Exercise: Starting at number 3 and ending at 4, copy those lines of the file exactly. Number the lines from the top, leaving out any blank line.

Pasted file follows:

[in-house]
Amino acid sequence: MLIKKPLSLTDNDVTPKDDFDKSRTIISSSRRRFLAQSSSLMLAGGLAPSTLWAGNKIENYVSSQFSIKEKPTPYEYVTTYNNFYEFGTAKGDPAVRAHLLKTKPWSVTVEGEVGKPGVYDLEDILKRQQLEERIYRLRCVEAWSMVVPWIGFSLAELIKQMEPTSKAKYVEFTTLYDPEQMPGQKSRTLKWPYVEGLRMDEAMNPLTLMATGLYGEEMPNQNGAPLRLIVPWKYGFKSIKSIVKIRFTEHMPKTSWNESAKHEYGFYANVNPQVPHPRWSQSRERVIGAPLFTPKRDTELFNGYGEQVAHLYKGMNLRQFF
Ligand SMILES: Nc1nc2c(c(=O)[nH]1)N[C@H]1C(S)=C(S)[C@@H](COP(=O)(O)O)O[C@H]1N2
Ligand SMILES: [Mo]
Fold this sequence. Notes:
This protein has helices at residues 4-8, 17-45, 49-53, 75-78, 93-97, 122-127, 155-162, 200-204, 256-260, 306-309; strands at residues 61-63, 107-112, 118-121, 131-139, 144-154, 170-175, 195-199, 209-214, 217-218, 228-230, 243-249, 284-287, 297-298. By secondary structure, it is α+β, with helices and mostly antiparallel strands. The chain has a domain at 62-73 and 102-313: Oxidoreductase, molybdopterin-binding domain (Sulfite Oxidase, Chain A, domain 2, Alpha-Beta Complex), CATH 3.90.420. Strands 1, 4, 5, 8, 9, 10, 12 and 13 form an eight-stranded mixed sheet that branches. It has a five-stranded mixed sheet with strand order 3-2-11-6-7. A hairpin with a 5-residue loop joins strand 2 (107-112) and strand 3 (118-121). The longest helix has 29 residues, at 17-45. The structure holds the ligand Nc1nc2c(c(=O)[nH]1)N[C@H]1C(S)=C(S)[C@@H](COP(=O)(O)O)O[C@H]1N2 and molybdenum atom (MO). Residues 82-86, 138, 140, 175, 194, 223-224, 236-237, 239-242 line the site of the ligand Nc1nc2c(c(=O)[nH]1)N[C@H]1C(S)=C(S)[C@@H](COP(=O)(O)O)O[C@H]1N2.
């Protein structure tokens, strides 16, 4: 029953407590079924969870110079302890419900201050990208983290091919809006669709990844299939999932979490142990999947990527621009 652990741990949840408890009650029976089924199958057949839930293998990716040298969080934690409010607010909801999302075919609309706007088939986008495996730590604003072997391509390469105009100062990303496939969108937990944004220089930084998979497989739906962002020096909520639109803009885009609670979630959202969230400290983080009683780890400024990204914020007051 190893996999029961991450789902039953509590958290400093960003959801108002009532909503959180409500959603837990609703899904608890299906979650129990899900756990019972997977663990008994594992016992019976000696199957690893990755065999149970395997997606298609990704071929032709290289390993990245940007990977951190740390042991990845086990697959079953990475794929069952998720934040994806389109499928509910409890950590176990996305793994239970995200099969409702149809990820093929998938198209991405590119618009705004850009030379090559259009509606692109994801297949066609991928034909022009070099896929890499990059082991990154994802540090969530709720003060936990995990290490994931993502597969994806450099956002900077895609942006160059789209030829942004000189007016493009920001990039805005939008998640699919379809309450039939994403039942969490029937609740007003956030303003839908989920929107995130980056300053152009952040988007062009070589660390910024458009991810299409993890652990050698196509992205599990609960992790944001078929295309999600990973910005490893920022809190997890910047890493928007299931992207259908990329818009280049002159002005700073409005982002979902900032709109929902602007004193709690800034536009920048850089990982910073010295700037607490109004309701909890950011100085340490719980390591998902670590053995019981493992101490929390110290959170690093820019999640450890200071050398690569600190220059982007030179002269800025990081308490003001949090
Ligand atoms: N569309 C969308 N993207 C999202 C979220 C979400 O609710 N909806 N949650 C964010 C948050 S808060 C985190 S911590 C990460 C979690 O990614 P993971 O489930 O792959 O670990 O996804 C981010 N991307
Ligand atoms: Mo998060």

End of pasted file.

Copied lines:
Ligand SMILES: Nc1nc2c(c(=O)[nH]1)N[C@H]1C(S)=C(S)[C@@H](COP(=O)(O)O)O[C@H]1N2
Ligand SMILES: [Mo]